Dairymen tired of getting dumped on, organize strike on Independence Day


SALEM, Ohio — To dump or not to dump? That is the question many farmers will be asking themselves July 4.

Dairy farmers across the nation are organizing a dump of one day’s milk production, hoping to draw national attention to low milk prices. The question is how many farmers will take part and how many does it take to be considered successful?

The movement began in Wisconsin by two dairymen, Don Moose and Steve Siverling. Siverling said it is time for farmers to unite and stand up for themselves.

“I don’t know what people consider a disaster, but certain groups of people or certain areas get disaster relief all of the time,” said Siverling. “Milk prices are more than a disaster — they’re a disgrace.”

Moose and Siverling have reached out to many dairy farmers and dairy organizations, and they believe there is more support for the milk dump than people realize.

Ohio dairymen Toby Heiss and Earl Schaad of Washington County are planning to take part in the dump. Heiss of Lowell, Ohio, milks 44 Holsteins and will dump about 2,000 pounds of milk.

Although the National Farmers Organization is not organizing the dump and has no official position on the matter, Rick Hein, NFO’s head of dairy operations for eastern Ohio and western Pa., says the organization was contacted by the Wisconsin faction and agreed to let its producers know about the strike.

“We support anyone who is trying to bring recognition to the problem,” said Hein. “We need some of the fire that the Wisconsin crew has in their bellies. We’ve lost some of that. We hope they are successful.”

Heiss has distributed fliers and done much networking with local farmers. He is optimistic that at least 20 percent of dairy farmers nationally will strike July 4.

“Many people say they can’t afford to dump a day’s worth of milk. I say we can’t afford not to,” said Heiss. “I don’t have any debt. I don’t know how any dairyman with debt can make it in this industry. They must be living on nothing.”

“Our education system has let us down. Most of the American people don’t even know where their milk and food comes from. They may be more sympathetic to our cause if they knew.”

Schaad of Waterford, Ohio, milks 250 head and will dump his milk into his manure pit. He feels the strike is long overdue.

“When the general public is eating as well it does and the farmer is starving, then there’s a problem,” said Schaad. “We can’t keep going at these bankrupt prices.”

Though Schaad would like to see more public and legislative help with the dairy industry, he places the success of this dump on the farmers. He says they need the support of some of the large dairy cooperatives, but most of all, he wants farmers across the nation to unite.

“Farmers have the power. However, farmers are not united, therefore that power is fragile,” said Schaad. “We have to make a visible statement. We have to get attention.”

Christopher Galen with the National Milk Producers Federation says it will be hard to get and hold the public’s attention.

“Gas prices are the top stories right now. People are outraged at the high prices,” said Galen. “Not too many people will be concerned with paying low milk prices in the stores. No one ever asks to pay higher prices for products.”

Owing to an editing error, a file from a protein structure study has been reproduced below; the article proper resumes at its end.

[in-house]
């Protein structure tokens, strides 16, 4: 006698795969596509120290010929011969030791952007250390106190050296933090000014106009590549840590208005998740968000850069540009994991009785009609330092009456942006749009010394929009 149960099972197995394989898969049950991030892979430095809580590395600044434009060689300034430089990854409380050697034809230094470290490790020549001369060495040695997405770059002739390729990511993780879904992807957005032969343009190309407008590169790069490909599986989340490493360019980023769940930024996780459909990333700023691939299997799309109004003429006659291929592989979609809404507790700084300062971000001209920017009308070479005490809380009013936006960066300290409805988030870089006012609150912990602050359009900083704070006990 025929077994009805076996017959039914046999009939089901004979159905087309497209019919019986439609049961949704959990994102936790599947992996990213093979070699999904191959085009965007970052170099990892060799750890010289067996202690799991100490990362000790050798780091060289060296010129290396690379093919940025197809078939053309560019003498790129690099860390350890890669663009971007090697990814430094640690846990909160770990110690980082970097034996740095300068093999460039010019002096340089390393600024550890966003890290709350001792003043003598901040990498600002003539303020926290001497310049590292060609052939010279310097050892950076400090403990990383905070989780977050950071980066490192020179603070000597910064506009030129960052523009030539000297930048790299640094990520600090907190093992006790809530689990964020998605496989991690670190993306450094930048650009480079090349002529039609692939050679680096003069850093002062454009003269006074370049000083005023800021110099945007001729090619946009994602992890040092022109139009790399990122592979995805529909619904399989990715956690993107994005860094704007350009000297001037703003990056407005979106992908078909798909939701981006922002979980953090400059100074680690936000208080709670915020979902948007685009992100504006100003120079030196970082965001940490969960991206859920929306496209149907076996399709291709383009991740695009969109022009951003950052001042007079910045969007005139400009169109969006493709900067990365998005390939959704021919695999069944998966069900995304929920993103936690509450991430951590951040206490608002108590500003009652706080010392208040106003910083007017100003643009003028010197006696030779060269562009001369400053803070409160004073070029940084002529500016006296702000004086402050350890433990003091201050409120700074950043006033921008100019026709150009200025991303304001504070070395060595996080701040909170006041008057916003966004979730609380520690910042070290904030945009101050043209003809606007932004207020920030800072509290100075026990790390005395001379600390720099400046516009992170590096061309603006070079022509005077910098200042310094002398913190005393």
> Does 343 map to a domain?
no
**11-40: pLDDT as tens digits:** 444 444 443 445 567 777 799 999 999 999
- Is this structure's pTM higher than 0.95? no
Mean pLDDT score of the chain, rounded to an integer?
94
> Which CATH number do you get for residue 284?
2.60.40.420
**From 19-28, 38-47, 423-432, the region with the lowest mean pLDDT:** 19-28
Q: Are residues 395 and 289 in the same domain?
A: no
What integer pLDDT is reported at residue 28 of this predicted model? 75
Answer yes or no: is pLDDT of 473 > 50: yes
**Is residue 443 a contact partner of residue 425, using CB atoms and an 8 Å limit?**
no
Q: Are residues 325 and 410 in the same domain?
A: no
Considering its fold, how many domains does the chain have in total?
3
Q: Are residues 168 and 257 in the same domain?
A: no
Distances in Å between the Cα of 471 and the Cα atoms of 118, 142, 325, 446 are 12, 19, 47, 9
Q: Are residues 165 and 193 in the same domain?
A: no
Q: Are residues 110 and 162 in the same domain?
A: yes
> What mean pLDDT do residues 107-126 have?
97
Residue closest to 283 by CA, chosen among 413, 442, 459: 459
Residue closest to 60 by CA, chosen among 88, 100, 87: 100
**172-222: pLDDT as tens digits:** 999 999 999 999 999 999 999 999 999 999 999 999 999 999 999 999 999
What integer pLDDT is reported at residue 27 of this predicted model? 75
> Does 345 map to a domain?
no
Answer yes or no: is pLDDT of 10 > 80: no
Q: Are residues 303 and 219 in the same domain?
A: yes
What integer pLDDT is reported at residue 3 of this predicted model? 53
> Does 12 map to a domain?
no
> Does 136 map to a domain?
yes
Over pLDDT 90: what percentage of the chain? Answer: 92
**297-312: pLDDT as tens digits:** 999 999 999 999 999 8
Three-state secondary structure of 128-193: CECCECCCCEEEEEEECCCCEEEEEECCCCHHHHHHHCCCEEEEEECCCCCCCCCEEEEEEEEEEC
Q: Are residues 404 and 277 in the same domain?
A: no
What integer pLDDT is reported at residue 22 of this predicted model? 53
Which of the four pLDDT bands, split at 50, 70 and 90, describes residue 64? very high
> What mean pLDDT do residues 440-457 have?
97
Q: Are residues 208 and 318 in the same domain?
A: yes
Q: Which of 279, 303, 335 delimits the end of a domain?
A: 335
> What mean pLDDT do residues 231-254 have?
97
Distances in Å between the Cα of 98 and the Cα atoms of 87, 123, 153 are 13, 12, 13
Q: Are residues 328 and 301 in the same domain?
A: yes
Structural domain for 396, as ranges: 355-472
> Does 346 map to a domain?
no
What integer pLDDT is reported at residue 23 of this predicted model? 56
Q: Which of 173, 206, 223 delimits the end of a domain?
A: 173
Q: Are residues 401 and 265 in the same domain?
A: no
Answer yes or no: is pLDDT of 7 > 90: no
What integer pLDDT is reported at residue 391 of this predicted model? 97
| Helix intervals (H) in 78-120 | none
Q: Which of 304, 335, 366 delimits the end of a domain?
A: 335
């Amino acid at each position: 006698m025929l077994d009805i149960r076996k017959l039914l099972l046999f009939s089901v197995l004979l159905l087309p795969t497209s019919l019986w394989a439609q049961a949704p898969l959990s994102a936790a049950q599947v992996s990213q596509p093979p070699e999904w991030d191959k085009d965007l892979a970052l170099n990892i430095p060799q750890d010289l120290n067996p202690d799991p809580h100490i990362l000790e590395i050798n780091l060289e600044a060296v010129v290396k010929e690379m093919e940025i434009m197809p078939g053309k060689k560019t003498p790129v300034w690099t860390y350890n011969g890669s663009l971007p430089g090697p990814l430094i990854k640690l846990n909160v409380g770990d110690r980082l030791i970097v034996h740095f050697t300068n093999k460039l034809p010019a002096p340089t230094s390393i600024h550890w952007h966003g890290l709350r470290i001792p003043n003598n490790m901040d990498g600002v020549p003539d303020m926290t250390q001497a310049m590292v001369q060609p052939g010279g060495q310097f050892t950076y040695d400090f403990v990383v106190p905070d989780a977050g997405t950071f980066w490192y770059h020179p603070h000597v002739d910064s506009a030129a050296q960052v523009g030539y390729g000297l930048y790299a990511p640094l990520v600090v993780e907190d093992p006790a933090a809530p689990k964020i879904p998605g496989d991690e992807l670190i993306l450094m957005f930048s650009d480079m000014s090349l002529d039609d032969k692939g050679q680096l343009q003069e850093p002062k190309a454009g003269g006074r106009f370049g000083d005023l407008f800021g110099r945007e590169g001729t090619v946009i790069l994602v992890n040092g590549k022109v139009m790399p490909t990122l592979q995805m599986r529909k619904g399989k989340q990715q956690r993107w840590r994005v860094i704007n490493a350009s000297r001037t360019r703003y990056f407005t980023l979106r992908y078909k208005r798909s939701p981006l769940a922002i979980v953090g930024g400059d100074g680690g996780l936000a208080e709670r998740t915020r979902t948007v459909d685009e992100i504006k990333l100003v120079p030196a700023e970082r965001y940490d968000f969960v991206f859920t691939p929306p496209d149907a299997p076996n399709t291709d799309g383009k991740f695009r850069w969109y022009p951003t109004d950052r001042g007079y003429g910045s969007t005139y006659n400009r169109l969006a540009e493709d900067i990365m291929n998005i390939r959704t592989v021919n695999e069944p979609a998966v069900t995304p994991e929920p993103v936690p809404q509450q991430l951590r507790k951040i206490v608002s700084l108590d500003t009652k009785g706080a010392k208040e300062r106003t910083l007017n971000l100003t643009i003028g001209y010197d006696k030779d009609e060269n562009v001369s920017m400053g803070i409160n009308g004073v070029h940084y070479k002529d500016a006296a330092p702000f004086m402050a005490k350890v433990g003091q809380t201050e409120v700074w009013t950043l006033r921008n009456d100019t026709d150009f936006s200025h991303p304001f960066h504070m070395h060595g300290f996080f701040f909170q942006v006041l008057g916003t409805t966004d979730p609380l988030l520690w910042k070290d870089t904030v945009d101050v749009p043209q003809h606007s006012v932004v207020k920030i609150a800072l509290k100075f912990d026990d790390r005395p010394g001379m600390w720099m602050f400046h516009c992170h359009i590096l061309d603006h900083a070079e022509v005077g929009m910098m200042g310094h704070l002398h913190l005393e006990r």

He said the dump will build some attention. “It is a drop in the bucket, but they need to start somewhere,” he said.

Echoing Galen’s statements, Cam Thraen, Ohio State University ag economist, says there will be too many people barbecuing and celebrating the Fourth of July holiday to worry about a milk dump.

Moreover, he says the dump signals deep frustration on the part of the dairy farmer, but he believes prices are now normal after being very high for two or three years.

“The dairy industry showed historically high incomes for the past two or three years, and this year prices have dropped to a normal level,” said Thraen. “Prices are lower and production is slightly higher, but grain prices are also low, so the margin is there.”

Wisconsin’s Steve Siverling disagrees. He says if prices aren’t changed soon, many of his colleagues “will fold by the time the first snow flies.”

Striking dairy farmers are seeking three major changes. Farmers would like to see a $13.50 emergency Class III floor price by Aug. 1.

“That price won’t save everyone, but it will stop some of the bleeding,” said Siverling.

Second, farmers would like a government-mandated supply management system operable as of January 2001 to include USDA cost of production.

“USDA issues an average cost of production for all dairy farmers, and we would like that number factored into the equation. Farmers in Canada are getting almost $18 per hundredweight because their supply management system works so well,” said Siverling.

Farmers would also like to see a variable make allowance for all processors nationwide. Siverling said this would put some of the accountability back on the processors.

Siverling said the July 4 dump will show whether or not farmers across the nation have the strength and courage to stand up for themselves. He has received local and national support.

“I have had more people calling me about this than I ever thought possible. Farmers are tired of putting their lives in the hands of other people,” said Siverling. “We are trying to work with the most bureaucratic system in the world. The dairy industry has to be saved by the farmers. After that, we’ll concentrate on the rest of rural America.”


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